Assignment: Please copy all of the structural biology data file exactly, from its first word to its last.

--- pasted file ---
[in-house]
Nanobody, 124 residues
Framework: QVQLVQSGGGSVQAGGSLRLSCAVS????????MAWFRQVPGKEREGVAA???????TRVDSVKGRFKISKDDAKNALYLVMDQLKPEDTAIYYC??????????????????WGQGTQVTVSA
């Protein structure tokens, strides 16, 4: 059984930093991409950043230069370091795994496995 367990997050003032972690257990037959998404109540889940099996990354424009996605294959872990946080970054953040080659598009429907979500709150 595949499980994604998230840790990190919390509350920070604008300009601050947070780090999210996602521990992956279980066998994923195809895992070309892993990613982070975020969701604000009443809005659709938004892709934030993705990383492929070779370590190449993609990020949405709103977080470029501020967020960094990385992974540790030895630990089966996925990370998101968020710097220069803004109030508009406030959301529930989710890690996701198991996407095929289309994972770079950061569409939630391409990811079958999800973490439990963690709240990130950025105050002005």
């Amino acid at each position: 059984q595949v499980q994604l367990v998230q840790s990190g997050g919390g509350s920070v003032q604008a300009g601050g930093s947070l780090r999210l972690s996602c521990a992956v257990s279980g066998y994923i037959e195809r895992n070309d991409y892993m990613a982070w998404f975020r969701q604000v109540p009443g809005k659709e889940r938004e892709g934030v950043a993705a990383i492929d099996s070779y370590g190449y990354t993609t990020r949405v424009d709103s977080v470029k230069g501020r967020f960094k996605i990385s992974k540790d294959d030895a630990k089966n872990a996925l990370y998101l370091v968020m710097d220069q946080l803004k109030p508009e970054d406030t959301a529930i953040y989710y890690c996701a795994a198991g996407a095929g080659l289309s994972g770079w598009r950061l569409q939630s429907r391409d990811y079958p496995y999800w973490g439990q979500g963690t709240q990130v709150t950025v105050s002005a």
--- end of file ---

[in-house]
Nanobody, 124 residues
Framework: QVQLVQSGGGSVQAGGSLRLSCAVS????????MAWFRQVPGKEREGVAA???????TRVDSVKGRFKISKDDAKNALYLVMDQLKPEDTAIYYC??????????????????WGQGTQVTVSA
């Protein structure tokens, strides 16, 4: 059984930093991409950043230069370091795994496995 367990997050003032972690257990037959998404109540889940099996990354424009996605294959872990946080970054953040080659598009429907979500709150 595949499980994604998230840790990190919390509350920070604008300009601050947070780090999210996602521990992956279980066998994923195809895992070309892993990613982070975020969701604000009443809005659709938004892709934030993705990383492929070779370590190449993609990020949405709103977080470029501020967020960094990385992974540790030895630990089966996925990370998101968020710097220069803004109030508009406030959301529930989710890690996701198991996407095929289309994972770079950061569409939630391409990811079958999800973490439990963690709240990130950025105050002005």
């Amino acid at each position: 059984q595949v499980q994604l367990v998230q840790s990190g997050g919390g509350s920070v003032q604008a300009g601050g930093s947070l780090r999210l972690s996602c521990a992956v257990s279980g066998y994923i037959e195809r895992n070309d991409y892993m990613a982070w998404f975020r969701q604000v109540p009443g809005k659709e889940r938004e892709g934030v950043a993705a990383i492929d099996s070779y370590g190449y990354t993609t990020r949405v424009d709103s977080v470029k230069g501020r967020f960094k996605i990385s992974k540790d294959d030895a630990k089966n872990a996925l990370y998101l370091v968020m710097d220069q946080l803004k109030p508009e970054d406030t959301a529930i953040y989710y890690c996701a795994a198991g996407a095929g080659l289309s994972g770079w598009r950061l569409q939630s429907r391409d990811y079958p496995y999800w973490g439990q979500g963690t709240q990130v709150t950025v105050s002005a």